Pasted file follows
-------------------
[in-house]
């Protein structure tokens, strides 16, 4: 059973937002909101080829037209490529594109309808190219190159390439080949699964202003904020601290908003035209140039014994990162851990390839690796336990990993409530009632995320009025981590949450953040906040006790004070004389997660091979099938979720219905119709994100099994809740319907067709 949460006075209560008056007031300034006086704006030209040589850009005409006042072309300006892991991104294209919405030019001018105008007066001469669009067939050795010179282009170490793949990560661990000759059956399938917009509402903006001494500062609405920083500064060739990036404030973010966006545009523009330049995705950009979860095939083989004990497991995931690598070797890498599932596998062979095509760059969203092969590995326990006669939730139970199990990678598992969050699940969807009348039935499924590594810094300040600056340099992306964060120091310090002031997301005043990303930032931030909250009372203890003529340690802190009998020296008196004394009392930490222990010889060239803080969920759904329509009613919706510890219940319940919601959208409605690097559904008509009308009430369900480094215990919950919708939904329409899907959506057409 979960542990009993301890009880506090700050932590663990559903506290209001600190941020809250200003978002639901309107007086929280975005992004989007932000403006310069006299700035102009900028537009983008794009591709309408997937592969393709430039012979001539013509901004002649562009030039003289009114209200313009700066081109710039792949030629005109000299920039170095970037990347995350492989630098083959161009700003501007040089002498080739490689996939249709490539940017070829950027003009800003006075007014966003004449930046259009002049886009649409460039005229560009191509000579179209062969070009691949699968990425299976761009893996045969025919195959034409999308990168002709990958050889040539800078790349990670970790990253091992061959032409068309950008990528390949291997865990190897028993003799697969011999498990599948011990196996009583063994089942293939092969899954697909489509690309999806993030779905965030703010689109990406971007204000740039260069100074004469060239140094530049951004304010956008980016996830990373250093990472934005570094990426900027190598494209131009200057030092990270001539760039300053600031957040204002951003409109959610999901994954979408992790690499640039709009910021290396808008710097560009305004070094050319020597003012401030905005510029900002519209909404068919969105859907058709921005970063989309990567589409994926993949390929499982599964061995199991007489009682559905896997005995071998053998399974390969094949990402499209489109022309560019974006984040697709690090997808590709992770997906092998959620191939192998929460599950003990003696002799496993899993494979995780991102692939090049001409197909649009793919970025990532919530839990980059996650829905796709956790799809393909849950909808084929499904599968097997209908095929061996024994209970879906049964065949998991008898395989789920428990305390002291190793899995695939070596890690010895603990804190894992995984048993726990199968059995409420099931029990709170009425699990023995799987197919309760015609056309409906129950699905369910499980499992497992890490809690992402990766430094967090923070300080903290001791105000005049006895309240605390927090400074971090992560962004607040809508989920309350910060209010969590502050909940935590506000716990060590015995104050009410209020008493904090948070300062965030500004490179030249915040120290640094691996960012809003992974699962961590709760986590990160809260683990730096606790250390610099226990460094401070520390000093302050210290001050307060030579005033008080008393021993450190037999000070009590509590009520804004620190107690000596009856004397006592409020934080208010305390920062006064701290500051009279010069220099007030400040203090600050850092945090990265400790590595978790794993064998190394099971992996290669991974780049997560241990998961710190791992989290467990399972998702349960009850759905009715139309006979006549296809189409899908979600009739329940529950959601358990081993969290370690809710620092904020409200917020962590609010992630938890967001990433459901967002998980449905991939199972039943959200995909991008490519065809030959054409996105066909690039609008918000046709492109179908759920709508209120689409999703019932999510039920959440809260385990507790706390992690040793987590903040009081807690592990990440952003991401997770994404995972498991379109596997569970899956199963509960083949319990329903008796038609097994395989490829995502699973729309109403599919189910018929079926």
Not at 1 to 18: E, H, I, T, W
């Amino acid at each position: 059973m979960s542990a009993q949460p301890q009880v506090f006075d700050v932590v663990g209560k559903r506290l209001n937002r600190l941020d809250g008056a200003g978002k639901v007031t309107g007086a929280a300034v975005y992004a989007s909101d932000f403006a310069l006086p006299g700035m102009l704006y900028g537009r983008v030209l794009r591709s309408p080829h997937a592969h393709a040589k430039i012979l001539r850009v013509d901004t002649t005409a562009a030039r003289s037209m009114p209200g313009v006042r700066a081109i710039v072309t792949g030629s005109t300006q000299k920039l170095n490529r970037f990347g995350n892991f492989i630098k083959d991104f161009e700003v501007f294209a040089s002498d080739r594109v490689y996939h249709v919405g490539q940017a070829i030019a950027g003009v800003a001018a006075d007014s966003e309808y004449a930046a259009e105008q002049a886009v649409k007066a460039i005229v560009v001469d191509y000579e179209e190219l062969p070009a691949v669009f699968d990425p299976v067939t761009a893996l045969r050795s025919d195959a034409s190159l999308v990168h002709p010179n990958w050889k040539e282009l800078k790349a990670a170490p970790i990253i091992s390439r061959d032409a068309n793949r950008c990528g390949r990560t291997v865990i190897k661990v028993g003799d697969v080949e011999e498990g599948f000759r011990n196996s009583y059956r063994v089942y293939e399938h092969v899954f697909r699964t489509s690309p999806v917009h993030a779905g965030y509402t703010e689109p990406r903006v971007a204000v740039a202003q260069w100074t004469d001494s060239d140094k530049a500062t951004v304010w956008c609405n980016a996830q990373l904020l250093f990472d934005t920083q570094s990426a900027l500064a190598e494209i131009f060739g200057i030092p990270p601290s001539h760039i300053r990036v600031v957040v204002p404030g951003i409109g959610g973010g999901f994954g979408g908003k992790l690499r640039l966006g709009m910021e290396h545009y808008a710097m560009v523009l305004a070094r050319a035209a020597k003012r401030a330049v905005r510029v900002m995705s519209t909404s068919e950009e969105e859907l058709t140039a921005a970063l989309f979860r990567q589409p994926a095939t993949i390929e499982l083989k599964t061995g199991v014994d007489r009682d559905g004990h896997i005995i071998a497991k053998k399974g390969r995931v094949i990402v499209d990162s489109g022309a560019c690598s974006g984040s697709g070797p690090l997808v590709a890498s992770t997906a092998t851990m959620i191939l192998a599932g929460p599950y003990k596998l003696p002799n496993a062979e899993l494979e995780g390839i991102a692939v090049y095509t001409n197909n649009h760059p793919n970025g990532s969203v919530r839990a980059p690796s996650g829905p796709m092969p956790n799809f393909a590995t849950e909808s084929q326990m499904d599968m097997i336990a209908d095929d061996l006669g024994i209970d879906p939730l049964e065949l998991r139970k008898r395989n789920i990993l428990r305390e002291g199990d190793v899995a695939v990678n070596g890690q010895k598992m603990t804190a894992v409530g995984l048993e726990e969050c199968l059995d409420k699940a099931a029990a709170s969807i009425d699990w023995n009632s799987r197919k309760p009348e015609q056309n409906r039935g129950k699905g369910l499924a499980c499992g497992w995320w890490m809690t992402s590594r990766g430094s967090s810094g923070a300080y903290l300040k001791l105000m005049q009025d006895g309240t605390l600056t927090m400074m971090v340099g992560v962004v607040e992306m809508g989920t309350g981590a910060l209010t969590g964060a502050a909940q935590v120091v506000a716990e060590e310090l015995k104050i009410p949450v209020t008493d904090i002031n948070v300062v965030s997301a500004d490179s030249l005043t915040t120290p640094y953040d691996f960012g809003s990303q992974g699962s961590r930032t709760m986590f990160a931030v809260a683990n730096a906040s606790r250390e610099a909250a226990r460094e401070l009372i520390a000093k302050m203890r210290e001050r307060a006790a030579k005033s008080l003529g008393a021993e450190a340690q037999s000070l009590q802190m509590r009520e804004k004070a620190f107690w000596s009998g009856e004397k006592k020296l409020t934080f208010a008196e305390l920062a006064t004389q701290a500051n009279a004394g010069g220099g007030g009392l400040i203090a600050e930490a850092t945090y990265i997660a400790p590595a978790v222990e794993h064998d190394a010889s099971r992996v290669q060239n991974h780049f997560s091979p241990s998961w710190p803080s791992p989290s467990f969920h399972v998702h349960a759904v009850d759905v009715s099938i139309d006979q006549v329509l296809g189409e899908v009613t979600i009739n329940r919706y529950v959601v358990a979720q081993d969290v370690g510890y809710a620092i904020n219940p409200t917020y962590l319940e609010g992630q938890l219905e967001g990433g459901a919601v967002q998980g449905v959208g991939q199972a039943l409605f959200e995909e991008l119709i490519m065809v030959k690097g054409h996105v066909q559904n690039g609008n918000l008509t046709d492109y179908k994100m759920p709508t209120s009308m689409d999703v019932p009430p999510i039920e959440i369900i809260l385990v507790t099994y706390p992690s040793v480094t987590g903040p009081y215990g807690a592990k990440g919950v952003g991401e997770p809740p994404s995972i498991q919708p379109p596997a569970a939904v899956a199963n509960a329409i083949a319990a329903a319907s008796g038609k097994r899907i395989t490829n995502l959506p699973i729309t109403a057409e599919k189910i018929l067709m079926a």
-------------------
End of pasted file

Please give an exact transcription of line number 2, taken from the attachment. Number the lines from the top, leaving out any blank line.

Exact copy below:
């Protein structure tokens, strides 16, 4: 059973937002909101080829037209490529594109309808190219190159390439080949699964202003904020601290908003035209140039014994990162851990390839690796336990990993409530009632995320009025981590949450953040906040006790004070004389997660091979099938979720219905119709994100099994809740319907067709 949460006075209560008056007031300034006086704006030209040589850009005409006042072309300006892991991104294209919405030019001018105008007066001469669009067939050795010179282009170490793949990560661990000759059956399938917009509402903006001494500062609405920083500064060739990036404030973010966006545009523009330049995705950009979860095939083989004990497991995931690598070797890498599932596998062979095509760059969203092969590995326990006669939730139970199990990678598992969050699940969807009348039935499924590594810094300040600056340099992306964060120091310090002031997301005043990303930032931030909250009372203890003529340690802190009998020296008196004394009392930490222990010889060239803080969920759904329509009613919706510890219940319940919601959208409605690097559904008509009308009430369900480094215990919950919708939904329409899907959506057409 979960542990009993301890009880506090700050932590663990559903506290209001600190941020809250200003978002639901309107007086929280975005992004989007932000403006310069006299700035102009900028537009983008794009591709309408997937592969393709430039012979001539013509901004002649562009030039003289009114209200313009700066081109710039792949030629005109000299920039170095970037990347995350492989630098083959161009700003501007040089002498080739490689996939249709490539940017070829950027003009800003006075007014966003004449930046259009002049886009649409460039005229560009191509000579179209062969070009691949699968990425299976761009893996045969025919195959034409999308990168002709990958050889040539800078790349990670970790990253091992061959032409068309950008990528390949291997865990190897028993003799697969011999498990599948011990196996009583063994089942293939092969899954697909489509690309999806993030779905965030703010689109990406971007204000740039260069100074004469060239140094530049951004304010956008980016996830990373250093990472934005570094990426900027190598494209131009200057030092990270001539760039300053600031957040204002951003409109959610999901994954979408992790690499640039709009910021290396808008710097560009305004070094050319020597003012401030905005510029900002519209909404068919969105859907058709921005970063989309990567589409994926993949390929499982599964061995199991007489009682559905896997005995071998053998399974390969094949990402499209489109022309560019974006984040697709690090997808590709992770997906092998959620191939192998929460599950003990003696002799496993899993494979995780991102692939090049001409197909649009793919970025990532919530839990980059996650829905796709956790799809393909849950909808084929499904599968097997209908095929061996024994209970879906049964065949998991008898395989789920428990305390002291190793899995695939070596890690010895603990804190894992995984048993726990199968059995409420099931029990709170009425699990023995799987197919309760015609056309409906129950699905369910499980499992497992890490809690992402990766430094967090923070300080903290001791105000005049006895309240605390927090400074971090992560962004607040809508989920309350910060209010969590502050909940935590506000716990060590015995104050009410209020008493904090948070300062965030500004490179030249915040120290640094691996960012809003992974699962961590709760986590990160809260683990730096606790250390610099226990460094401070520390000093302050210290001050307060030579005033008080008393021993450190037999000070009590509590009520804004620190107690000596009856004397006592409020934080208010305390920062006064701290500051009279010069220099007030400040203090600050850092945090990265400790590595978790794993064998190394099971992996290669991974780049997560241990998961710190791992989290467990399972998702349960009850759905009715139309006979006549296809189409899908979600009739329940529950959601358990081993969290370690809710620092904020409200917020962590609010992630938890967001990433459901967002998980449905991939199972039943959200995909991008490519065809030959054409996105066909690039609008918000046709492109179908759920709508209120689409999703019932999510039920959440809260385990507790706390992690040793987590903040009081807690592990990440952003991401997770994404995972498991379109596997569970899956199963509960083949319990329903008796038609097994395989490829995502699973729309109403599919189910018929079926």